Second phase of the WADA partnership (Between 2016 and 2021):
The WADA partnership announced a combined investment of up to $22 million in the next five-year phase of their sector-leading Water and Development Alliance (WADA), providing safe water access and sanitation services to communities in developing nations in Africa, the Middle East, Asia, and Latin America. New programming through WADA will continue to build on the partnership’s successes and support further development of drinking water and sanitation services in communities, schools, and health clinics. The partnership also seeks to leverage each partner’s expertise and networks that includes global and local supply chains and technical knowledge. New investments through WADA will support integrated approaches to improved WASH services in Africa.
The TextAfrica project renovated a dilapidated former textile factory’s water treatment system located on the outskirts of Chimoio for use as a drinking water supply treatment facility, improved water delivery management and developed cost recovery policies to ensure system sustainability. Impacts of expanding the water supply include a consistent supply of clean, running water for 19,600 people, 12 schools, one provincial hospital, one secondary health facility, and local industrial and commercial users, including the local Coca-Cola Sabco bottler.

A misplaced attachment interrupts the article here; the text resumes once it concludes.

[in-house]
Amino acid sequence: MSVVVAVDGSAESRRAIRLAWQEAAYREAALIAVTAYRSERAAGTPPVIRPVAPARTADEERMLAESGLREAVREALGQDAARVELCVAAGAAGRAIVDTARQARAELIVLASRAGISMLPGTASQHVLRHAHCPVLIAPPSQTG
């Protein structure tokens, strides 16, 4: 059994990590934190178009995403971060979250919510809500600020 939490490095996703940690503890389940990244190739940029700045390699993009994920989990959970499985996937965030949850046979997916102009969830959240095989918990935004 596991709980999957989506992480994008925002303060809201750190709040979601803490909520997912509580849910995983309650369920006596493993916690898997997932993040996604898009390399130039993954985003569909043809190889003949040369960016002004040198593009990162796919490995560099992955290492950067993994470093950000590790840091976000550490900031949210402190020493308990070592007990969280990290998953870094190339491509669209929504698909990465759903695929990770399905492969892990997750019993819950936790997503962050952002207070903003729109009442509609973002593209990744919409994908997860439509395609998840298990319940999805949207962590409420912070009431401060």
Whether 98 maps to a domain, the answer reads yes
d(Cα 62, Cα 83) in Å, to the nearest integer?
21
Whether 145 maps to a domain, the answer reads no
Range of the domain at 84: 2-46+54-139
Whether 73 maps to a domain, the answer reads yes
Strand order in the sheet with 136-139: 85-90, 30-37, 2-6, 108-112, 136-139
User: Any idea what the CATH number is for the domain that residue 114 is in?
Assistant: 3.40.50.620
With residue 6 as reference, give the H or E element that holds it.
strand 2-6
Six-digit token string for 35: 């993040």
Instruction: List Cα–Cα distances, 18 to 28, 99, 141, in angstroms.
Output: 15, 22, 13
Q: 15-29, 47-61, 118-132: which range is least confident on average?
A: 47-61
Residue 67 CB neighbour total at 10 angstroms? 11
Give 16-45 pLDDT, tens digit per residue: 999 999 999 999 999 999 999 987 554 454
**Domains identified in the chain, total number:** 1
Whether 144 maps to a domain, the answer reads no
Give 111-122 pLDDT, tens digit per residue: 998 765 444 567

Through the Bairro 4 project, WADA supported the extension of a secondary water distribution network to Bairro 4 – a neighborhood identified through a consultative process involving communities and the Municipality to be most in need of an improved water supply. These efforts provided 7,200 people with access to safe, piped water for the first time.
More than 1 million people exposed to project messages
3,223 persons benefited from access to improved water supply or sanitation services
1,500 hectares of degraded land reforested
Over 66,000 rural residents benefited from improved water supply services
33,000 school children benefited from new sanitation facilities
40 households generated additional income
120 community members actively engaged in sustainable smallholder agricultural activities
150,000 residents of the City of Tarija and local industries benefited from improved groundwater management and watershed protection
As of December 2012, WADA has installed 24 boreholes with hand pumps in schools, bringing safe water to 3,486 students. In CLTS villages, 21 boreholes have been installed, bringing safe water to 3,450 people and improving the health and livelihoods of community members.